Saturday, 9 January 2016

The Squid and he Whale

Title: The Squid and The Whale
Director: Noah Baumbach
Released: 2005
Starring: Jesse Eisenberg, Jeff Daniels, Laura Linney, Owen Kline, Anna Paquin, William Baldwin, Halley Feiffer, David Benger, Adam Rose
Plot: Set in 1986 Brooklyn where Walt (Eisenberg) and his younger brother Frank (Kline) attempt to deal with the fallout from their parents’ divorce.

Review:  One of a series of smaller independent films startng Jesse Eisenberg along with “Adventureland” released during the period in which his star was unquestionably on the rise, especially after the success of both “Zombieland” and “The Social Network” while at the same time this was one of the last films in the golden period for American independent cinema. This is also a film which when it was released there seemed to be a time were all everyone wanted to talk about was this film, over for it over the years seemingly become all but forgotten perhaps due to Baumback remaining so fiercely a part of the independent scene as he drifted into making mumblecore films such as “Greenberg” and the equally underrated “Frances Ha”.
Produced by fellow indie darling Wes Anderson, this semi-autobiographical tale would at the time be seen as a real breakout film for Baumbach, no doubt due to the fact that despite the plot hardly sounding like the most fun time, somehow manages to craft here a story which is both frequently funny as it is engrossing. Here the boys are shown growing up with parents who are both academics and writers. Their father Bernard (Daniels) a former big name writer, struggling to deal with his fading celebrity who now teaches while frequently critical and opinionated when it comes to the work of others in particular their mother Joan (Linney) who he is especially keen to critise as her own writing career starts to take off as his own remains seemingly stalled.  Walt meanwhile hero worships his father, frequently recycling his opinions to impress girls, while struggling to find his own area to excel in especially as he feels that he has to live up to his father’s legacy, regardless of the fact that he has been all but forgotten by most.
Once again channelling his brand quiet awkwardness Eisenberg once again gives us another great performance and one which never seems to carry across to his more mainstream films, which often feel like he is being forced to push the humour rather than rely on a more natural humour which is what he often does best as especially seen here especially as he plays Walt the wannabe academic. Often it feels like few opinions that Walt has are his own often rechurning his father’s opinions regards of if he has any reference for these opinions, disregarding Charles Dickens “Tale of Two Cities” as a minor work while raving about Kafka’s “The Metamorphosis” despite not having read either and yet when caught out by calling Kafka Kafka-esq he is somehow able to charm his way out of the situation. This pursuit of acclaim also sees Walt trying to pass off a Pink Floyd song of as his own for the school talent contest, which when he is caught out serves to highlight the increasing divide between his parents. His father’s influence however doesn’t just stretch to opinions as he soon starts questioning his relationship with his girlfriend Sophie (Feiffer) after Bernard promotes the idea of sleeping with other women while his still young to his son, while in many ways begrudging his own life choices.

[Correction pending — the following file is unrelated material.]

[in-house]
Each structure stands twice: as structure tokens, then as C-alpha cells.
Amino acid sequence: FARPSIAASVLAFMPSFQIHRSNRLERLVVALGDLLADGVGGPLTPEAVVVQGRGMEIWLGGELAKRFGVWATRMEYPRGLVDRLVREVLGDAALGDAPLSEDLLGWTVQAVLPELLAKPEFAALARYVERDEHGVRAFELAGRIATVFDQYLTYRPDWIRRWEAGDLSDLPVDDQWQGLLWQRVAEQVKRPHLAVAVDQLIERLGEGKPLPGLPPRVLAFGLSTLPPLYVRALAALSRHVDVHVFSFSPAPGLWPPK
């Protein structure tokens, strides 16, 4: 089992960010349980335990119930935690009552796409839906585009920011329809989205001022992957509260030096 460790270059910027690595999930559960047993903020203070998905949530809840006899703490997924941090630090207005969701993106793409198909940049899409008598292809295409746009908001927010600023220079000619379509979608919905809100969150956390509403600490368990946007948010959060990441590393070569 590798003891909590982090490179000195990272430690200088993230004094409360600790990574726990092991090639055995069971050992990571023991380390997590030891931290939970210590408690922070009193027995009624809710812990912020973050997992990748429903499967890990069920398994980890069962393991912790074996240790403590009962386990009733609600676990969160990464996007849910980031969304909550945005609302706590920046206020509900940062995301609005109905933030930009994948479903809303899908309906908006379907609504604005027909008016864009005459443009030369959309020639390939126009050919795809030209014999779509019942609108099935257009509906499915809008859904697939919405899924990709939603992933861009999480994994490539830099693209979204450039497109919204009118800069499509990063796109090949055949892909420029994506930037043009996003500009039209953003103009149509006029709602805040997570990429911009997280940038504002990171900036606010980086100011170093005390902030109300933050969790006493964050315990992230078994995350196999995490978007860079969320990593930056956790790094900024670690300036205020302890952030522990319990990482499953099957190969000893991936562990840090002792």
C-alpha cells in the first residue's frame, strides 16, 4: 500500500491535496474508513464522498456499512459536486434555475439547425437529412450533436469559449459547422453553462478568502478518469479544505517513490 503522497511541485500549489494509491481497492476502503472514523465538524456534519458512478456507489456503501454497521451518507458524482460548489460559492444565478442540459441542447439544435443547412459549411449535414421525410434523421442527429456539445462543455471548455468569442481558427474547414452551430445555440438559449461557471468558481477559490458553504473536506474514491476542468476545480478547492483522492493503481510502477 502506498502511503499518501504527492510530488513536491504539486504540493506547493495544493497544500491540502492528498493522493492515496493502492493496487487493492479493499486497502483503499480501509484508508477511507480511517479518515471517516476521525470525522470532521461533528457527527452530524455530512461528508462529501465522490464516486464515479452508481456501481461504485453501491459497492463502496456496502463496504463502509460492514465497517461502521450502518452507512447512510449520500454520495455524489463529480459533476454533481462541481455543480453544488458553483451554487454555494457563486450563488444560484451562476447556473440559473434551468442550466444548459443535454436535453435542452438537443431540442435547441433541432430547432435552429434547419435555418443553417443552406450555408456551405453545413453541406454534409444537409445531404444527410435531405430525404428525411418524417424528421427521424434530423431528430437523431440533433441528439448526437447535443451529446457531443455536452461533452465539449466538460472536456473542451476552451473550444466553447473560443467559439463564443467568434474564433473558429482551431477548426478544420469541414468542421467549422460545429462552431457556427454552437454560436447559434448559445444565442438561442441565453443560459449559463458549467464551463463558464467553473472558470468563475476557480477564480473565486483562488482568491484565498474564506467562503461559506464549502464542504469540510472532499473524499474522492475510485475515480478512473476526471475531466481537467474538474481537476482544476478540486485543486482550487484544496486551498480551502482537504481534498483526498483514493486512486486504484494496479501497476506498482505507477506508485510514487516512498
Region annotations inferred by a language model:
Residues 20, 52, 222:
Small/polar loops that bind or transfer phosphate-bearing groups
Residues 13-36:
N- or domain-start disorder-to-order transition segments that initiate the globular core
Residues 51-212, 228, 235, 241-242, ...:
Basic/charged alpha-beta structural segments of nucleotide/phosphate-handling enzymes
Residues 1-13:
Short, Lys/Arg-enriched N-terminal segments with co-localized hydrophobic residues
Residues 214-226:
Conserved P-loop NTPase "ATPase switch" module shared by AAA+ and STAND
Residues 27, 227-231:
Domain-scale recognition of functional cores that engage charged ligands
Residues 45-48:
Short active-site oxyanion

Elsewhere Frank whose seemingly happy charting his own path with dreams of playing professional tennis seemingly takes his parents’ divorce the worst as he starts secretly drinking and more shockingly engaging on a campaign of public masturbation which the less said about is probably the better. Such extreme actions coming with no real kind of explanation though other than perhaps a feeling of being overlooked during the ongoing turmoil with this being his attempt at getting attention especially when everyone is seemingly caught up in their own issues to focus on this youngest family member.
Unquestionably it’s a great cast which Baumbach assembles here with Daniels really working his dramatic skills as he refuses to accept that he is ever at fault, while embarking on a relationship of sorts with one of his students Lilli (Paquin) which screams mid-life crisis and who more creepily Walt is also trying to pick up at the same time. Its interesting to think at the same time that this role at one point had been considered for Bill Murray making me wonder if the role would have been played any differently had he took the role, especially when Daniels plays the role with such a hair trigger that the smallest thing can seemingly set off Bernard as we frequently see throughout the film. Equally on fun form is William Baldwin as the new age tennis coach Ivan with the habit of calling people brother and whom Joan embarks on a relationship with while generally seemingly like divorce really works for her, especially when it seems like a continual stream of positives that she gets from the divorce.
Due to its short runtime and tight editing the film never drags while its catalogue of awkward situation and interesting interactions keep things interesting, while the believability of the characters ensures that it never feels too fantastical especially when dealing with a family as dysfunctional as this while perhaps in many ways making this a spiritual sibling to producer Wes Anderson’s “The Royal Tenenbaums”. At the same time the largely handheld shooting style gives the film as real fluid feel while adding to the indie charms of the film which deserves to be rediscovered rather than left to languish in its current seemingly forgotten status.

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